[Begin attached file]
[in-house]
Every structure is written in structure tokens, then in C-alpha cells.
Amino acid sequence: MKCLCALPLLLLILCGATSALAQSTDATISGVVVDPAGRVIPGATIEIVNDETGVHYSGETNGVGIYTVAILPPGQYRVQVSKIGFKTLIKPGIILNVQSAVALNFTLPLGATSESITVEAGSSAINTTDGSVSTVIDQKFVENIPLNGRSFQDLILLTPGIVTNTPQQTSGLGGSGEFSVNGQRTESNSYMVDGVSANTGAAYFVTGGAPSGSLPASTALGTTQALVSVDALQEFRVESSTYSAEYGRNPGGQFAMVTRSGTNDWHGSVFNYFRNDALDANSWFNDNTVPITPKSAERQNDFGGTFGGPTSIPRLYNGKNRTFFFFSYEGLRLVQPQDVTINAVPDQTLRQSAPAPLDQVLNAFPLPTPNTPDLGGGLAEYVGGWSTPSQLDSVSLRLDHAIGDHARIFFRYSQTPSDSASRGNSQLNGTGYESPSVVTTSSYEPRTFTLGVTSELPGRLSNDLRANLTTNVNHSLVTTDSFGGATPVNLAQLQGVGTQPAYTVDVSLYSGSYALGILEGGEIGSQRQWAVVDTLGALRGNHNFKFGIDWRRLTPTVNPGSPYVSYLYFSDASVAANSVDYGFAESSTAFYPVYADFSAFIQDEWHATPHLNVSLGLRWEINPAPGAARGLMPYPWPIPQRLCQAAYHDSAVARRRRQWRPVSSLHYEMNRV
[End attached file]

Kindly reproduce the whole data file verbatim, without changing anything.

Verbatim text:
[in-house]
Every structure is written in structure tokens, then in C-alpha cells.
Amino acid sequence: MKCLCALPLLLLILCGATSALAQSTDATISGVVVDPAGRVIPGATIEIVNDETGVHYSGETNGVGIYTVAILPPGQYRVQVSKIGFKTLIKPGIILNVQSAVALNFTLPLGATSESITVEAGSSAINTTDGSVSTVIDQKFVENIPLNGRSFQDLILLTPGIVTNTPQQTSGLGGSGEFSVNGQRTESNSYMVDGVSANTGAAYFVTGGAPSGSLPASTALGTTQALVSVDALQEFRVESSTYSAEYGRNPGGQFAMVTRSGTNDWHGSVFNYFRNDALDANSWFNDNTVPITPKSAERQNDFGGTFGGPTSIPRLYNGKNRTFFFFSYEGLRLVQPQDVTINAVPDQTLRQSAPAPLDQVLNAFPLPTPNTPDLGGGLAEYVGGWSTPSQLDSVSLRLDHAIGDHARIFFRYSQTPSDSASRGNSQLNGTGYESPSVVTTSSYEPRTFTLGVTSELPGRLSNDLRANLTTNVNHSLVTTDSFGGATPVNLAQLQGVGTQPAYTVDVSLYSGSYALGILEGGEIGSQRQWAVVDTLGALRGNHNFKFGIDWRRLTPTVNPGSPYVSYLYFSDASVAANSVDYGFAESSTAFYPVYADFSAFIQDEWHATPHLNVSLGLRWEINPAPGAARGLMPYPWPIPQRLCQAAYHDSAVARRRRQWRPVSSLHYEMNRV